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UC Berkeley’s first female chancellor sets her agenda for the coming year.


UC Berkeley’s first female chancellor sets her agenda for the coming year.

By Casey Cantrell

The honeymoon was a short one for new UC Berkeley Chancellor Carol Christ. Two days after Christ formally took the job on July 1, the school newspaper, The Daily Californian, offered her a chilly welcome. “We understand that you have a very good reputation,” wrote the editorial board in an open letter. “But we’re not going to have the wool pulled over our eyes again. When it comes to your chops, we’ll believe it when we see it.”

The letter reflects a campus disillusioned by the previous administration and mired in controversy: a colossal budget deficit of $110 million; a string of sexual harassment cases against professors, coaches, and staff; and a violent protest in February that provoked a national debate over free speech at universities, including a disparaging tweet by President Trump.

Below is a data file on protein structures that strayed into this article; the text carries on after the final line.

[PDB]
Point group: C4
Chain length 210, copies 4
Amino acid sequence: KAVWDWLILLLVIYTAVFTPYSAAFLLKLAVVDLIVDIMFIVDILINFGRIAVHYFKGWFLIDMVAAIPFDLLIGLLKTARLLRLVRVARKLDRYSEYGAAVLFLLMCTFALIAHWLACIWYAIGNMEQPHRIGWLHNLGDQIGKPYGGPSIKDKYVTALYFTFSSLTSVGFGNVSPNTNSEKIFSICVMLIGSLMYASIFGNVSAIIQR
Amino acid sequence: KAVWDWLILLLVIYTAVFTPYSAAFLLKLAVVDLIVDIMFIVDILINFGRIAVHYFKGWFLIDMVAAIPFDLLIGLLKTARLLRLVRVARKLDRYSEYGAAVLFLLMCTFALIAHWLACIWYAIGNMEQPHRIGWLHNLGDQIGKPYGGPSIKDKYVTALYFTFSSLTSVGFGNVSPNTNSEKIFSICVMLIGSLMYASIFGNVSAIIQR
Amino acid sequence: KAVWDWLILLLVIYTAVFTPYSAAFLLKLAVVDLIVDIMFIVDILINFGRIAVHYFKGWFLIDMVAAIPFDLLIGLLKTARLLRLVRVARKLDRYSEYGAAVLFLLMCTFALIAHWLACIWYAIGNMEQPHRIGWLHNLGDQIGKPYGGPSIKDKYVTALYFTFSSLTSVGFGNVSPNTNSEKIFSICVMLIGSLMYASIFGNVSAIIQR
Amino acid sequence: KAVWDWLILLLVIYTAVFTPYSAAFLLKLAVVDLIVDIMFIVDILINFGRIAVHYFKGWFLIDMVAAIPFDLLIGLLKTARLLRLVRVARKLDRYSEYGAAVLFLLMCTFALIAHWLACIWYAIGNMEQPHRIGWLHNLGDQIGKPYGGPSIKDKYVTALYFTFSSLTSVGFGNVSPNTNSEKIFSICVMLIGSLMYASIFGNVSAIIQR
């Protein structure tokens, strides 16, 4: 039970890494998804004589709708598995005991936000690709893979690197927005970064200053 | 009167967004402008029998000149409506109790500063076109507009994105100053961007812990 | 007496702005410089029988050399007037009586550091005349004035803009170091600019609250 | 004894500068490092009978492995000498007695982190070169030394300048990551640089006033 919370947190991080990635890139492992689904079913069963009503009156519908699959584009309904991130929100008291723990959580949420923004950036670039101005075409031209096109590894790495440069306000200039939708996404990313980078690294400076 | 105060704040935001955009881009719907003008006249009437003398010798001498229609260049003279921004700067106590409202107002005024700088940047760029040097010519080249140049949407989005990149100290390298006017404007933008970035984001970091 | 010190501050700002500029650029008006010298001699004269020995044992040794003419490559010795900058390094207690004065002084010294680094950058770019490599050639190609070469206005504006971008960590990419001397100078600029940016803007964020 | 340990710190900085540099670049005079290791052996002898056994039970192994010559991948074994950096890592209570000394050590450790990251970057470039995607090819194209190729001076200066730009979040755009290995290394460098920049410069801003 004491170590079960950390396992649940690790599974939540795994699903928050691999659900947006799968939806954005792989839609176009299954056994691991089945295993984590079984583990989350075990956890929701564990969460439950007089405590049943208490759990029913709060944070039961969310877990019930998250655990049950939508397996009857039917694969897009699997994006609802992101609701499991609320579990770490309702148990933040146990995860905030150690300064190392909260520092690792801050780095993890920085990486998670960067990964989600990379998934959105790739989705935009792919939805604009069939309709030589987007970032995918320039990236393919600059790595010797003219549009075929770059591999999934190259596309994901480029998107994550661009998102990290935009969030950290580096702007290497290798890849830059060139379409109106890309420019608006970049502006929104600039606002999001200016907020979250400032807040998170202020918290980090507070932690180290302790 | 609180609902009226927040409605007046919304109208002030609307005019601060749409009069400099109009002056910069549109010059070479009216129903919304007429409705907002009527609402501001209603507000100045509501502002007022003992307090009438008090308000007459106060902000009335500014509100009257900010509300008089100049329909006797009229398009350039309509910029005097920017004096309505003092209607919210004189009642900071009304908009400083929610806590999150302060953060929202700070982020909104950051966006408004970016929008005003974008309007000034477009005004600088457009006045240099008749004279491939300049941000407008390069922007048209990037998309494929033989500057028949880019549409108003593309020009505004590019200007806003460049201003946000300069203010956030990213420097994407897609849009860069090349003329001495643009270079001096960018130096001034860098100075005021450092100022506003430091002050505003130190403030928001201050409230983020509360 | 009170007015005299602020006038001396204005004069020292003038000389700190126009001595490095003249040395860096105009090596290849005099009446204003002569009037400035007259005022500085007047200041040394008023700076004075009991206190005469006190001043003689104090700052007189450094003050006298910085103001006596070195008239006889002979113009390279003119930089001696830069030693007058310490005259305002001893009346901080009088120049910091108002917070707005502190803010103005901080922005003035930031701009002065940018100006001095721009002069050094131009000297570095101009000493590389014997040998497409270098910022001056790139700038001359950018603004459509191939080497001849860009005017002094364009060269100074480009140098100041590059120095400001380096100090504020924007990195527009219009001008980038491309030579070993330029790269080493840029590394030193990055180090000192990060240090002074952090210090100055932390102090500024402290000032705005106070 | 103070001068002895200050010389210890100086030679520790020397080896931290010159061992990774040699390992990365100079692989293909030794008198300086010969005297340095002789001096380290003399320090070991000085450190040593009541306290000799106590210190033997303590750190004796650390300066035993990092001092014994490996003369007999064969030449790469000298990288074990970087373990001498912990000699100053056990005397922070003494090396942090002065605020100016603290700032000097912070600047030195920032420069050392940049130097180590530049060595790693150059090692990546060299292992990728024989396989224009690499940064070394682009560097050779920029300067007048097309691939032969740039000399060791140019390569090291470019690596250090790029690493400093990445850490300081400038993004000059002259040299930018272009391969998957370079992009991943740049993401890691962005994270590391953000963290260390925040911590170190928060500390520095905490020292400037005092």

Despite the daunting task in front of her, the soft-spoken Christ appears unfazed. After a distinguished teaching career at UC Berkeley, Christ served in several administrative posts, including provost, dean of the College of Letters and Sciences, vice chancellor, and executive vice chancellor. Now, she aims to get the school back on course—and says she’s ready to face whatever challenges lie ahead.

Q: Scandal after scandal has dogged the university in recent years. How do you plan to right the ship?

A: The past several years have been challenging for the campus. There have been very public sexual harassment scandals; there have been the violent demonstrations in connection to the Milo Yiannopoulos appearance in February. There are the financial challenges of the campus; there are the leadership transitions. You can feel some sympathy for the students’ sense of cynicism.